Why You Should Try a New Recipe Every Week

As a food and nutrition editor, I own a lot of cookbooks. Yet, I always resorted to the same meals – until now.

When I make New Year’s resolutions, I try to be realistic about what’s actually sustainable. I generally eat healthfully, and I have no desire to cut out my favourite treats like ice cream. But as healthfully as my husband and I eat, we often get stuck in a rut: veggie fried rice, turkey burgers, baked salmon, chilli beans. So at the turn of the year, I eyed our two shelves full of cookbooks and decided we should finally take advantage of them.

The resolution? Choose one to two new recipes to make every week. Repeat, indefinitely.

We’re still going strong, and now that our little one is starting to eat what we eat, it should make selecting recipes a little more exciting and interesting. Over the past two months, trying new recipes each week has taught us a few important lessons about the importance of mixing things up in the kitchen. Read on to find out what we learned and why dietitian Lisa Bruno says those lessons are important to maintaining a healthy lifestyle.

Thumbing Through Cookbooks Is Exciting

When you’re looking through the right cookbook, you should be drooling every time you turn the page. So it’s best not to choose a recipe right before you head out to do the weekly shop because you’re not giving yourself (or the recipes) the time meal-selection deserves. I want to spend a few minutes on each recipe to determine what I’m in the mood for, what would be a fun challenge, and what would expand my palate. Plus, the prospect of trying something new is exciting.

Long Ingredients Lists Are Daunting, But Manageable

On the flip side, looking at long ingredients lists can be overwhelming. But what I learned is not to breeze past a recipe with a ton of ingredients: it’s worth taking stock of what you actually have in the house and ultimately realising, you may not need to buy that many more and that the prep is pretty easy.

“When you start something new it’s easy to get super aggressive about it,” says dietitian Lisa Bruno of Work It Out Nutrition. “It’s good to get a cookbook, but don’t overwhelm yourself and try to do everything at once. Don’t make five days of new recipes and buy 65 different ingredients you may only use once per recipe.” Instead, she says, try one or two recipes a week, or choose a handful of recipes that have similar ingredients so you can buy once and cook all week.

That Unusual Ingredient Actually Isn’t That Hard to Find

I can’t tell you how many recipes I’ve disregarded in the past because I assume there’s no way I can find nigella seeds or miso paste. But if you have access to a decently sized supermarket, or a delivery service, you will find said ingredient, and voila! You’ve unlocked a trove of new recipes.

Variety Really is the Spice of Life

People pushing healthy foods always say, “Healthy doesn’t have to be boring!” And it’s true. But eat those same not-boring-healthy meals week after week, and it does become monotonous. Choosing a new recipe every week forced us to think (somewhat) outside the box. For example, we usually make turkey burgers every week. But once we tapped into the Bob’s Burgers Cookbook (which I’d been harbouring for over a year and totally forgot about), we upped our burger game with Sweet Home Avocado Burger and The Six Scallion Dollar Man Burger.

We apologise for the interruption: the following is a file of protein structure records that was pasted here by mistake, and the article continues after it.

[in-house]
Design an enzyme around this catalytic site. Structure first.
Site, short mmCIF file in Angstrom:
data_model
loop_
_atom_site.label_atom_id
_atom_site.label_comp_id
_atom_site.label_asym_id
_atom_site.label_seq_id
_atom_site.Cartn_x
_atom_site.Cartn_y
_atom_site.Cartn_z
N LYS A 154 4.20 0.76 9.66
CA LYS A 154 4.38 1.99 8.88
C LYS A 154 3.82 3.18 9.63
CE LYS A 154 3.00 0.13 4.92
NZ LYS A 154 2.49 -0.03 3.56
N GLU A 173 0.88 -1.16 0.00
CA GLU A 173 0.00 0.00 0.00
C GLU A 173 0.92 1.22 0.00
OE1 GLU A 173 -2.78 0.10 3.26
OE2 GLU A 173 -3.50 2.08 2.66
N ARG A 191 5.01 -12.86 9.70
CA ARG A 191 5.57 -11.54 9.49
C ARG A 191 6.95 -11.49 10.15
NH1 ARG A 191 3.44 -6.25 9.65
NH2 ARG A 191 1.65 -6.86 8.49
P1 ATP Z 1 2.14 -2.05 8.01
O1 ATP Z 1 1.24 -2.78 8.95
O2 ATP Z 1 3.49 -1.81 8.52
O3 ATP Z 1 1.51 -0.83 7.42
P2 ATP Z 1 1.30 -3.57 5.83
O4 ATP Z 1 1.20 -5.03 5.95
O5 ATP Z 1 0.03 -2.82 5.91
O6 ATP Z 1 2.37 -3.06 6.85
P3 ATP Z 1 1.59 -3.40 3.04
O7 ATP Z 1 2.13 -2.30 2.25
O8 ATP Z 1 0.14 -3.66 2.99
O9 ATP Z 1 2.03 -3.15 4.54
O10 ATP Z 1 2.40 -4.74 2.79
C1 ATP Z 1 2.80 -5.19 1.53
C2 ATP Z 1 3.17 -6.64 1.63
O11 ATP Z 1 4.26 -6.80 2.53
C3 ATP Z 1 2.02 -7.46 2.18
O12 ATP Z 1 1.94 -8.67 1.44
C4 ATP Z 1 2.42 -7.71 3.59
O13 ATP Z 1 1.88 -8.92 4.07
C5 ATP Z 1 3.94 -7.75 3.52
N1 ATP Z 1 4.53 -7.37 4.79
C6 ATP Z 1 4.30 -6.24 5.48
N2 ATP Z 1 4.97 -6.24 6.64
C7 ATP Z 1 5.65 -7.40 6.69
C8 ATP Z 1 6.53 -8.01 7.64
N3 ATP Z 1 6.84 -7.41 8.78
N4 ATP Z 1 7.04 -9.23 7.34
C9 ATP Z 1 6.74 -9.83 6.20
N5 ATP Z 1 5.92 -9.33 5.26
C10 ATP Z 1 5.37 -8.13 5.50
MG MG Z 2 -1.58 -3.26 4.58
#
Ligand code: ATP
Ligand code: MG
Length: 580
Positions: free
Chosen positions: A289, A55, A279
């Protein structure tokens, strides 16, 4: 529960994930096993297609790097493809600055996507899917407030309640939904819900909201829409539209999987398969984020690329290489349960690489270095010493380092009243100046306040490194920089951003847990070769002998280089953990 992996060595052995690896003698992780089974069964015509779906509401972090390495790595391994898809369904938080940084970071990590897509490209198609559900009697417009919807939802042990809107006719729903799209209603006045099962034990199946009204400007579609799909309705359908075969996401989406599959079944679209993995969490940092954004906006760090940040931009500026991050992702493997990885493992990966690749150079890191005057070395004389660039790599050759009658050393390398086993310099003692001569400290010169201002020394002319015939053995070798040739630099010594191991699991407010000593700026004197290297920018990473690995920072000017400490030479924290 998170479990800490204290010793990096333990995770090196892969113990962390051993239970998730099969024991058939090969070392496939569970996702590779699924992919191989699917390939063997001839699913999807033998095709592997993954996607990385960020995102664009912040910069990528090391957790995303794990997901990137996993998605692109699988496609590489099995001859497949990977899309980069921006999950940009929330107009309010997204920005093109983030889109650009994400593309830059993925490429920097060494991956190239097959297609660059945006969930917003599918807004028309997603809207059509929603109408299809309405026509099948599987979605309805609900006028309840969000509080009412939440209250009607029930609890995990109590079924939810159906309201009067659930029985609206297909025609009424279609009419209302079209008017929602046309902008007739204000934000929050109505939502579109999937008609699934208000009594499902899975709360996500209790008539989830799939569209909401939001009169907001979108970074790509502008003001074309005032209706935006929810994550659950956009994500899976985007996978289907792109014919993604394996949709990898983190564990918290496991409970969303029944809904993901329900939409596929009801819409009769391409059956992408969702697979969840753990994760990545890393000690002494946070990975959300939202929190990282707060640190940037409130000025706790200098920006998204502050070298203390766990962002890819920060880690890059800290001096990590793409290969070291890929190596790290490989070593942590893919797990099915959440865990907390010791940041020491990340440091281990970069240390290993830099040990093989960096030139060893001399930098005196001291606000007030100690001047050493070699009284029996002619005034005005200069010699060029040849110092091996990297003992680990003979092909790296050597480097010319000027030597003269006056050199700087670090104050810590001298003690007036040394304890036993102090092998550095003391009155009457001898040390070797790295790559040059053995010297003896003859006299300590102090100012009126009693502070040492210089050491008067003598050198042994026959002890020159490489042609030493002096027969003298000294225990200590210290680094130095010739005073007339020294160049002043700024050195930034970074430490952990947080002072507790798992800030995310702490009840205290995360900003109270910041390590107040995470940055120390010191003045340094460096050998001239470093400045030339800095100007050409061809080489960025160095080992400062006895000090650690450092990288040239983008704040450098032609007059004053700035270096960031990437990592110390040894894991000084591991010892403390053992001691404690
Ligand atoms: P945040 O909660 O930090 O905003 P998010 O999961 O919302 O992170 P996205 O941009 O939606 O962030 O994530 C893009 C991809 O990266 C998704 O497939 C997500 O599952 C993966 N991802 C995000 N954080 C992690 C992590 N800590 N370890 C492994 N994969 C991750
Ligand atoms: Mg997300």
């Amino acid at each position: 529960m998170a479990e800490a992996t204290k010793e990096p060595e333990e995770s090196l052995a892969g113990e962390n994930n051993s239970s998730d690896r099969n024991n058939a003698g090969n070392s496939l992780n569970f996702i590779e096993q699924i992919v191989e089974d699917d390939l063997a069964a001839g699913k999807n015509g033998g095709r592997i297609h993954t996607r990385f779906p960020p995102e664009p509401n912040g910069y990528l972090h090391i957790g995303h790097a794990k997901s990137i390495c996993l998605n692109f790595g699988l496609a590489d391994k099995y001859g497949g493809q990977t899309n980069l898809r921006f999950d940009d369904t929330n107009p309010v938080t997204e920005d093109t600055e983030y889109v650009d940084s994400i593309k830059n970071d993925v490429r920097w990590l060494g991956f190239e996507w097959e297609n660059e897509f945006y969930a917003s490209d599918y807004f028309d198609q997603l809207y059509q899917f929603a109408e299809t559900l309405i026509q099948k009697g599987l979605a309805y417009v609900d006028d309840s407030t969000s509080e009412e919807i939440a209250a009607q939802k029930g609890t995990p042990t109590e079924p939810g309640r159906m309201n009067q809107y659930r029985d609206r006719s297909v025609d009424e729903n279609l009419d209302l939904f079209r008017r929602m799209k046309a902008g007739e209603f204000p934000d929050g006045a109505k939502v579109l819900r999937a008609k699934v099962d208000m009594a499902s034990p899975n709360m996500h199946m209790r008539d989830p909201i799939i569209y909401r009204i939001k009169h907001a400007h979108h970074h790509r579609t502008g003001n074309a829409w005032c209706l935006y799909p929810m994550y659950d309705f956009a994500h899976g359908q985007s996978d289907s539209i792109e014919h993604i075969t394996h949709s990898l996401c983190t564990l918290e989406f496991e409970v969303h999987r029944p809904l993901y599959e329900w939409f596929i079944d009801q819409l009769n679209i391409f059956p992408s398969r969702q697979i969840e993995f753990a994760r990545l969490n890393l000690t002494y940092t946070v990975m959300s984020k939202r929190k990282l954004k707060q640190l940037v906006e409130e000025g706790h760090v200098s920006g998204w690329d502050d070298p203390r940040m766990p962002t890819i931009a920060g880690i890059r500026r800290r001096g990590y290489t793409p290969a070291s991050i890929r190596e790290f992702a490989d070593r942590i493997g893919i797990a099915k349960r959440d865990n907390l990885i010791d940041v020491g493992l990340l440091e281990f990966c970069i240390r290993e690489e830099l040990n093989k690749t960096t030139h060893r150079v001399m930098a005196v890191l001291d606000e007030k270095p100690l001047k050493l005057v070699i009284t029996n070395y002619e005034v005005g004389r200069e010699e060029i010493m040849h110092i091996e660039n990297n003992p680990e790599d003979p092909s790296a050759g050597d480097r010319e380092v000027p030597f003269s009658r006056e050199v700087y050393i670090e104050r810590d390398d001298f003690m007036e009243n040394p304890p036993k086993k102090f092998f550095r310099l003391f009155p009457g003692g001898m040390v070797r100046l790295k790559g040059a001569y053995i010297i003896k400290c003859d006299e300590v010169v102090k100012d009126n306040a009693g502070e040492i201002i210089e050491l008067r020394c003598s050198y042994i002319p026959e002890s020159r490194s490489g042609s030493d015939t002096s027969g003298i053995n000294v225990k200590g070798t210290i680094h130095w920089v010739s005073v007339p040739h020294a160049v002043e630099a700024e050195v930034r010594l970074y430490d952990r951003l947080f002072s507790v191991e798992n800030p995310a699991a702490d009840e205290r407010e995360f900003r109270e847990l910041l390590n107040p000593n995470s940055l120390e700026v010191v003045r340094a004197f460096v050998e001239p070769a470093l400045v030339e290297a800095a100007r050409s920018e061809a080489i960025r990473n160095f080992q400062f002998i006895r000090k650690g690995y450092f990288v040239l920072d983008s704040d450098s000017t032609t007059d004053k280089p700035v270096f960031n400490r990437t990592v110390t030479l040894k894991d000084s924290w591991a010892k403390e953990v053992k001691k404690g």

“You get used to eating healthy and then you end up circulating the same foods, and that runs the risk of boredom,” says Bruno. “As soon as you get bored, you no longer like that food and you may start craving foods that aren’t the most healthy. Using a cookbook or finding new recipes gives you the opportunity to be exposed to new taste profiles and textures.”

Yes, we still have our trusted go-tos (looking at you, veggie fried rice), but adding just one new recipe a week has made us excited to get in the kitchen

We Look Forward to Leftovers

This goes hand-in-hand with mixing things up: Cooking with new recipes makes our lunches more interesting. In some cases, for example, when I made the Run Fast Eat Slow kale and radicchio salad with lemon miso dressing, I doubled the recipe knowing I’d want to bring leftovers as lunch.

You Expand Your Skill Set

My husband and I know the basics of cooking. Confession: He probably knows more than I do, and I’m the one coming out with The Runner’s World Vegetarian Cookbook (October 2018). But trying new recipes has taught us both about new ingredients and cooking methods (Swiss chard is a decent substitute for bok choy if you can’t find the latter; you can steam veggies in the microwave – a trick I learned at university and taught my husband; miso paste isn’t as intimidating as it sounds).

“When you cook with a cookbook or new recipes, it will often force you to use fresh herbs, and that will help you experience new flavors without relying on unhealthier foods, like cream-based sauces,” says Bruno.

Cookbooks Still Have a Place in This Digital World

When I decided to pursue this resolution, it was two-fold: try new foods and make a dent in the one million cookbooks we own. A few times my husband and I talked about finding a recipe online, but decided we liked to thumb through our books instead. Just like e-books failed at making print books obsolete, I think cookbooks still have a very strong place in this world. I love that my Run Fast Eat Slow book is filled with crumbs and oil stains – your phone would be in trouble if it looked like that. And I love that the pages don’t go dark when you take too long to mix ingredients (guilty!). And in this experiment, we’ve found a way to merge both digital and print: we take photos of the recipe to bring to the store when we buy ingredients – a win-win, really

Subscribe to Runner's World

Related Articles